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I volunteer at Fix ‘Ur Cat for two reasons: the dedication of the other volunteers here, and the importance of the mission we all serve. First, the people … I’ve spent a lifetime working for a living and surrounded by others doing the same. It’s been breathtaking for me to encounter an entire group where nobody makes a dime for their efforts. They all show up simply because they are that dedicated. It’s amazing and humbling to witness.
The breadth of skills present in this group is remarkable: everything from animal husbandry to office admin work, from client and community education to assisting in the general duties of maintaining a vet clinic. The work is not all interesting or challenging, though. Chores need to be done, especially when you deal with animals. Our volunteers tidy up the clinic, clean litter boxes, wipe down treatment areas, and take out the trash. None of these are dream jobs, but they’re all necessary. Our people bring the same level of dedication to all of it.
Some of our volunteers transport cats in their own vehicles at their own expense when we have an off-site surgery day at Animal Friends. These are not happy cats, mind you—some of them aren’t even domesticated. So, these volunteers subject themselves to an hour’s drive (up to four times in one day) of wailing cats, none of whom are appreciative of the effort being made on their behalf. This only happens a few times a month now since we opened our own surgical suite late in 2019, but some volunteers were doing this up to three times per week until just a few months ago. They did that for years. That’s what it took to make low-cost spay/neuter available in Washington County, so our people did it.
While some of our volunteers (like me) have some discretionary time to donate, many really don’t, yet they work hard for Fix ‘Ur Cat anyway. Some manage to help despite having full-time jobs and/or a family to take care of. I can’t imagine how they do that but somehow, they do. It’s amazing what these people make possible simply because they care so much.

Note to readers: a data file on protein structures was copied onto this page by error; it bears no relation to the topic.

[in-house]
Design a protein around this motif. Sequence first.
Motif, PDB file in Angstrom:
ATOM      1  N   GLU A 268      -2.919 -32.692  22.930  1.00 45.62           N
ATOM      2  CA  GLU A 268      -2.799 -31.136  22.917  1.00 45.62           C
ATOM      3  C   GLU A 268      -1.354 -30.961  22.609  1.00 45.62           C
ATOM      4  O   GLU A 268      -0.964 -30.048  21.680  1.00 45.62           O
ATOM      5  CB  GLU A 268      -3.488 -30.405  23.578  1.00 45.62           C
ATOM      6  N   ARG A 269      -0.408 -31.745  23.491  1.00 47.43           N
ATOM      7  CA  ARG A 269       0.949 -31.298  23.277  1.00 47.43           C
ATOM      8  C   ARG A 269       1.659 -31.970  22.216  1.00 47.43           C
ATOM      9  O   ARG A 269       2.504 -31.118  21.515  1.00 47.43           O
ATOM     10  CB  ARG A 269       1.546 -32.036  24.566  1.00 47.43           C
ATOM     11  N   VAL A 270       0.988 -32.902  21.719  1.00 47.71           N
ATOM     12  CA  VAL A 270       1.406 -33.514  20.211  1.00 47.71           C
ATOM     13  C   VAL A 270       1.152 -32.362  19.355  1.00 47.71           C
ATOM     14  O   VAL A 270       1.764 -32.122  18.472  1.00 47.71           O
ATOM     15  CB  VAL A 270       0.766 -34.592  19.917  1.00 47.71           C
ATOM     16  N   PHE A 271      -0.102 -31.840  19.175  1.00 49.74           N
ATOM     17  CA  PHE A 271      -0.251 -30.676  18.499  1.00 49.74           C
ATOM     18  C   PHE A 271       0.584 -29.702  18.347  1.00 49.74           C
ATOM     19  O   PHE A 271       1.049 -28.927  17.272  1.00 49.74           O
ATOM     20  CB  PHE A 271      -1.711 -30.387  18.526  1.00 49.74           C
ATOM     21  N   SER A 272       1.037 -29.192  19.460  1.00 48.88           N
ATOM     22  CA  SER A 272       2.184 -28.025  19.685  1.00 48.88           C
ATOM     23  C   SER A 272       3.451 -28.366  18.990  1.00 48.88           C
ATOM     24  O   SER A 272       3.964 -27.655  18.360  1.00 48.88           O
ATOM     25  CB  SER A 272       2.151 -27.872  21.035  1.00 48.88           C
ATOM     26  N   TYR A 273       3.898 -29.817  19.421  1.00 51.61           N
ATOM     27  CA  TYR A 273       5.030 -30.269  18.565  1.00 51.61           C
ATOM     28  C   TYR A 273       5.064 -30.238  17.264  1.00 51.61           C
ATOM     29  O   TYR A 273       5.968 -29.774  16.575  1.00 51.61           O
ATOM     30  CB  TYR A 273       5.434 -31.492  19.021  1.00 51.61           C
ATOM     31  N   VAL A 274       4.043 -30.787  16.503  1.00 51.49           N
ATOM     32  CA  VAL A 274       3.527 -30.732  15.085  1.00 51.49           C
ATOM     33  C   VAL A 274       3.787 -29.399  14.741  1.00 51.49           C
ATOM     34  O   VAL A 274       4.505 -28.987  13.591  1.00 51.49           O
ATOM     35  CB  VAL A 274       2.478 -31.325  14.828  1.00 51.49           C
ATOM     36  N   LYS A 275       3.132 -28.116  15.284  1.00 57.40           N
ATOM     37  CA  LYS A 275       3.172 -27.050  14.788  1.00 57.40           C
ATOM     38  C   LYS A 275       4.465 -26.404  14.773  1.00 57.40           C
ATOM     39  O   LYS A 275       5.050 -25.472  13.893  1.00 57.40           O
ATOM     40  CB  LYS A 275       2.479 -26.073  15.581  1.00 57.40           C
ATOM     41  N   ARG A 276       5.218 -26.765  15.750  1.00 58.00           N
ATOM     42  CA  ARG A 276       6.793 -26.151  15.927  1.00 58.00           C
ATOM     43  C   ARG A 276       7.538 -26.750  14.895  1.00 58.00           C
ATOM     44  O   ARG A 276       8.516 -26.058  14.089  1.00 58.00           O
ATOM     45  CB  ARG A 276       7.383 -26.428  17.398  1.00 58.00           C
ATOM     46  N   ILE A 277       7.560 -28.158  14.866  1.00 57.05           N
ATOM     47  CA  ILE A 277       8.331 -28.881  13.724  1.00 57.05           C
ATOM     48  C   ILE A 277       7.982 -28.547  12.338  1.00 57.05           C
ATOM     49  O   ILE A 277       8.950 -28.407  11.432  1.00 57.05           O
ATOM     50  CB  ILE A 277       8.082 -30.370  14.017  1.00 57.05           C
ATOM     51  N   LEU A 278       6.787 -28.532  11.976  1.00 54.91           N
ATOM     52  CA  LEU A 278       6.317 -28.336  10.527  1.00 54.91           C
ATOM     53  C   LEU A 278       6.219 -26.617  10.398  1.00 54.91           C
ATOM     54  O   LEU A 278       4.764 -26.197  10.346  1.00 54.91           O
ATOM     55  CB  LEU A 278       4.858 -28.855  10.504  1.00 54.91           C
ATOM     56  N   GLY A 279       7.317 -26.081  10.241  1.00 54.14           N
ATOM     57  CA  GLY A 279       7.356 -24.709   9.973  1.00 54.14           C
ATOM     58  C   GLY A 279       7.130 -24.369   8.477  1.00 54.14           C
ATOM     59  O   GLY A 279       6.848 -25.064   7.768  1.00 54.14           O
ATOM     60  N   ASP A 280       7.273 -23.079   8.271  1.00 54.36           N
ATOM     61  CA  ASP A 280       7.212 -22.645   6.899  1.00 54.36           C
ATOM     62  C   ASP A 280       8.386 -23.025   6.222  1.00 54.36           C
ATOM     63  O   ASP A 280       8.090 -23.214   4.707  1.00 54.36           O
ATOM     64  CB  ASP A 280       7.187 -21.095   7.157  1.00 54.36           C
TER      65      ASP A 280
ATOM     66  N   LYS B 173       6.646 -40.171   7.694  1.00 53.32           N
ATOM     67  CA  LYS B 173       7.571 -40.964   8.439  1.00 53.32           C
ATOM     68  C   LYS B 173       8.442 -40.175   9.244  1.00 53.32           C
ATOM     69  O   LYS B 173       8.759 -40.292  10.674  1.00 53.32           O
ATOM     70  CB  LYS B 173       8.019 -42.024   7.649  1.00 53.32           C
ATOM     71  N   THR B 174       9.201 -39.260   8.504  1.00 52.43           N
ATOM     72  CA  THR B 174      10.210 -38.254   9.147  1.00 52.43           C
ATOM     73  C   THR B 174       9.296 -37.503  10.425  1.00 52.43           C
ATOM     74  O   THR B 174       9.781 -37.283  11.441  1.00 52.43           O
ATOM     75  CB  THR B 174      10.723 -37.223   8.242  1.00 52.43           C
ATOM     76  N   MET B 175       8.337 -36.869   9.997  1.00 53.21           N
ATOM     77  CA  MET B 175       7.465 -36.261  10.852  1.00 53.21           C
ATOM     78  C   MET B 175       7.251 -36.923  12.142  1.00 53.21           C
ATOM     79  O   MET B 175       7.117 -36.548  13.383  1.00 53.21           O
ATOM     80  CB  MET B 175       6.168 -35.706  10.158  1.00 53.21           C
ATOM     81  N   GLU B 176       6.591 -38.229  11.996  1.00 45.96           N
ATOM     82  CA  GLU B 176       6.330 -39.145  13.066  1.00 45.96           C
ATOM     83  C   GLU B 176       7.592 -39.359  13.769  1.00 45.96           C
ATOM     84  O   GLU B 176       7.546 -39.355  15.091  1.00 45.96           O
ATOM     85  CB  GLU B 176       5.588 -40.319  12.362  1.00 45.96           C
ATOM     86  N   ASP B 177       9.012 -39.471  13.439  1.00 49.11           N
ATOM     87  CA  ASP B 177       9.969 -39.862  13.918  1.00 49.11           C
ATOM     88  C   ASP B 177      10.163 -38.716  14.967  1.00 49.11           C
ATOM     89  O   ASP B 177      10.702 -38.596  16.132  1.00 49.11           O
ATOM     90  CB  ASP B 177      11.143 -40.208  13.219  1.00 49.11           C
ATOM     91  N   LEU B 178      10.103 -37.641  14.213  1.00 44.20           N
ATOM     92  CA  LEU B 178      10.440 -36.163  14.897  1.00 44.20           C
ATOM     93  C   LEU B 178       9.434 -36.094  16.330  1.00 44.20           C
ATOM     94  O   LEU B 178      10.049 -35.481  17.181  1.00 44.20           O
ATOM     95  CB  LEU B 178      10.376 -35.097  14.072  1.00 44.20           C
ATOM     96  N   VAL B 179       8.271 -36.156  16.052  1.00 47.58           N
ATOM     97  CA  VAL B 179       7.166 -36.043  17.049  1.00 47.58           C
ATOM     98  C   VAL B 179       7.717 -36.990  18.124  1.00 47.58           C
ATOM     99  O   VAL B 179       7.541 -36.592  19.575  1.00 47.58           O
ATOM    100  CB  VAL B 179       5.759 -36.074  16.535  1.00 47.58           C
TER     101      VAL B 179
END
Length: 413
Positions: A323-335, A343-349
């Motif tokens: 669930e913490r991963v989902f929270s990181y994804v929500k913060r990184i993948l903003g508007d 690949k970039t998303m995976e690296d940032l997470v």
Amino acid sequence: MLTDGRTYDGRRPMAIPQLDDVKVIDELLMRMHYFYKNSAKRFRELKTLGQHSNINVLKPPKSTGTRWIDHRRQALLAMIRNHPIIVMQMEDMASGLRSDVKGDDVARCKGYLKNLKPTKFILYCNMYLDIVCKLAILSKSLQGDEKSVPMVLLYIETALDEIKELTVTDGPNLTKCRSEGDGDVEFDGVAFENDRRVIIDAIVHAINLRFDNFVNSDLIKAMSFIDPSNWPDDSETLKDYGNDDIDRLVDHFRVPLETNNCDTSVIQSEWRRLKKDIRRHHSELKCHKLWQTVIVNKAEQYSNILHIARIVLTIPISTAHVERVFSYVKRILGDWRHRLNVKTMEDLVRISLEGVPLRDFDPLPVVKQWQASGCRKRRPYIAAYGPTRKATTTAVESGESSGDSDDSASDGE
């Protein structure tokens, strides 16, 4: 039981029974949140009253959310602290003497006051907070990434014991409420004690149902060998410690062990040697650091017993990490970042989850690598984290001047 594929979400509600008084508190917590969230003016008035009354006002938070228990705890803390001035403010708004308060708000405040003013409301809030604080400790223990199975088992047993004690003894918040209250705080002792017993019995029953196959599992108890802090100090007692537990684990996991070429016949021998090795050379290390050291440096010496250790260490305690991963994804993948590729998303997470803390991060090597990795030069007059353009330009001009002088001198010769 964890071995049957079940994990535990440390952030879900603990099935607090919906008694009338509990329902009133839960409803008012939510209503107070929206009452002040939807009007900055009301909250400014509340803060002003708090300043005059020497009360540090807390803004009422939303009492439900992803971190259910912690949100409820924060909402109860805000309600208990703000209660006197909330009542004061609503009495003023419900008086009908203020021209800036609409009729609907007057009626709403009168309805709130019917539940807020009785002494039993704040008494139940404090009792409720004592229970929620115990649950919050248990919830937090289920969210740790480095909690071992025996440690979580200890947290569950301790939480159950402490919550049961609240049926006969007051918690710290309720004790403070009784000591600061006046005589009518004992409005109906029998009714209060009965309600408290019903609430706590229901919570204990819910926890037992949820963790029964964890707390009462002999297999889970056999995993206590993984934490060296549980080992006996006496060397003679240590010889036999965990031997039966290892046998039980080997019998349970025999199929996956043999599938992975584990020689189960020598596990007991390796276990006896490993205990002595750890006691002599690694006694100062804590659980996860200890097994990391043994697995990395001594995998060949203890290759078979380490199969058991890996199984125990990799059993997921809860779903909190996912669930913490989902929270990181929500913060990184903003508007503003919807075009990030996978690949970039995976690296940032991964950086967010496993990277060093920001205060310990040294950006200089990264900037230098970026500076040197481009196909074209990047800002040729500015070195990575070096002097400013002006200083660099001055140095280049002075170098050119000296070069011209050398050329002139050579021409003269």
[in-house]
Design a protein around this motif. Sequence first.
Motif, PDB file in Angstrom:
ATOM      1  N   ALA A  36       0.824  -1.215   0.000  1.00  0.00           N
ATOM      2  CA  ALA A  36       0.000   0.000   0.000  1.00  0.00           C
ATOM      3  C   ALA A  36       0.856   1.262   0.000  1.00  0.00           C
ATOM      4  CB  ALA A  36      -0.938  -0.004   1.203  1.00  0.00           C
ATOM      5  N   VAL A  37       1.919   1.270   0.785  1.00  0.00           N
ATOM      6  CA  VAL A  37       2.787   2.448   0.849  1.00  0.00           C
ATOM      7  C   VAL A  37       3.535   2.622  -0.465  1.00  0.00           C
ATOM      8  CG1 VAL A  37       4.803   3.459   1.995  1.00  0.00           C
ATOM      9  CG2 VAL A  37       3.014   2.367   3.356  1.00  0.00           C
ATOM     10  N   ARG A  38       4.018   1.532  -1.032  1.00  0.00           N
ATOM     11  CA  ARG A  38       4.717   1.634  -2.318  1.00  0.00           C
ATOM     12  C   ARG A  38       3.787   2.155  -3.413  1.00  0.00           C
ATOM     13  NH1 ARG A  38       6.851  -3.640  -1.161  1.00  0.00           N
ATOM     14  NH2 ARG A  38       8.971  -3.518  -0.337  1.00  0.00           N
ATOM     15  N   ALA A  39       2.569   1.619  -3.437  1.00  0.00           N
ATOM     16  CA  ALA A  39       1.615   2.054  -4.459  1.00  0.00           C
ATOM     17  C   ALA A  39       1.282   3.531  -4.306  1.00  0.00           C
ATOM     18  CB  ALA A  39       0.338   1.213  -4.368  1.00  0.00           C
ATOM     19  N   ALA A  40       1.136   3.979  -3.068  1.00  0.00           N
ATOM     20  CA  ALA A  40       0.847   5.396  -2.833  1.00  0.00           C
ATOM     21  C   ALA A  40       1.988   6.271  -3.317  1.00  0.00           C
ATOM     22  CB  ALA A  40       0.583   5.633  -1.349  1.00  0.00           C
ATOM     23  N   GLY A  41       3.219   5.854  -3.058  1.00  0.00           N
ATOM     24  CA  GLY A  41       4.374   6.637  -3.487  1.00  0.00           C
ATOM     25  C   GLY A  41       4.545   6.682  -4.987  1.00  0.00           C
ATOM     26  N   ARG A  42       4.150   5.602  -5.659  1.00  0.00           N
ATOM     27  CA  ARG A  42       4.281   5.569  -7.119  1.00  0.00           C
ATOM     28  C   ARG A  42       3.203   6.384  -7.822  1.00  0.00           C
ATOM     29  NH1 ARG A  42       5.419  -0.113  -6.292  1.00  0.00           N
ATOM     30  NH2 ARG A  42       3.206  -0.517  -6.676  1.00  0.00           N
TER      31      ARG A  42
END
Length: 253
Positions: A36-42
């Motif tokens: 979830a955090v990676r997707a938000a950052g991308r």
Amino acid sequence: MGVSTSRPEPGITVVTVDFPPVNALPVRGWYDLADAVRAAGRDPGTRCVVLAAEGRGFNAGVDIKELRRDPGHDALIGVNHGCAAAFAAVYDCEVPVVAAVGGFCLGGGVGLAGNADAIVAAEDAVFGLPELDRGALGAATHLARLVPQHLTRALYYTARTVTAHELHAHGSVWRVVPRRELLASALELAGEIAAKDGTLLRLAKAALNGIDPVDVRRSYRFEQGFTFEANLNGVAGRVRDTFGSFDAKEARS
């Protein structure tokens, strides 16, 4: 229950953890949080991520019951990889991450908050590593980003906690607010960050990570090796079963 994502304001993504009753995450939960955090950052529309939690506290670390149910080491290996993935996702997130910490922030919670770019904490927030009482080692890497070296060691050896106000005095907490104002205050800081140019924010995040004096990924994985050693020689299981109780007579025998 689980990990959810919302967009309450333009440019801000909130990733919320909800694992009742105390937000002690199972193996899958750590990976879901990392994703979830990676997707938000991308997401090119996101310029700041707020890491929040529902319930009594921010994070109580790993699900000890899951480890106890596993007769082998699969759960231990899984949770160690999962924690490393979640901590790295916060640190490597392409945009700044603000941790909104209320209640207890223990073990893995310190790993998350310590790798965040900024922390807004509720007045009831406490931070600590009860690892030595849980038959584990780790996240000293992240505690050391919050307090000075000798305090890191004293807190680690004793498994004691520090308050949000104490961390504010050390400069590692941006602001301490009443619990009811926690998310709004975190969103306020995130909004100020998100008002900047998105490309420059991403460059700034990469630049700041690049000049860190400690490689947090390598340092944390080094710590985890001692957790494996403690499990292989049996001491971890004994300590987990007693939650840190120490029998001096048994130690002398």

As for the mission we serve with such passion, it has evolved over time. Our initial focus was cat population control, not least because the more cats there are, the more cats there are who will never have a safe and caring home. Population control is essential to reducing the suffering of cats in general.
Doing this work naturally involves a strong human services component as well. It gives us the opportunity to meet many vulnerable, income-sensitive members of our community who need the comfort and companionship of pets at least as much as anyone due to the stressful nature of their lives, yet lack the resources to keep those pets as healthy and long-lived as possible. It became obvious to us that low-cost spay/neuter services are essential, but also that they are not enough. In order to serve our community—both cats and people—the best, we must also provide low-cost basic veterinary care, so now we do that, too.
What began as a mission to improve the well-being of local cats has become a mission to extend basic veterinary services to those haven’t had access to them until now. It has become a mission to include often-overlooked members of our community, helping them to enjoy a few more of the advantages so many of us are able to take for granted, treating them with the dignity and respect that we all deserve.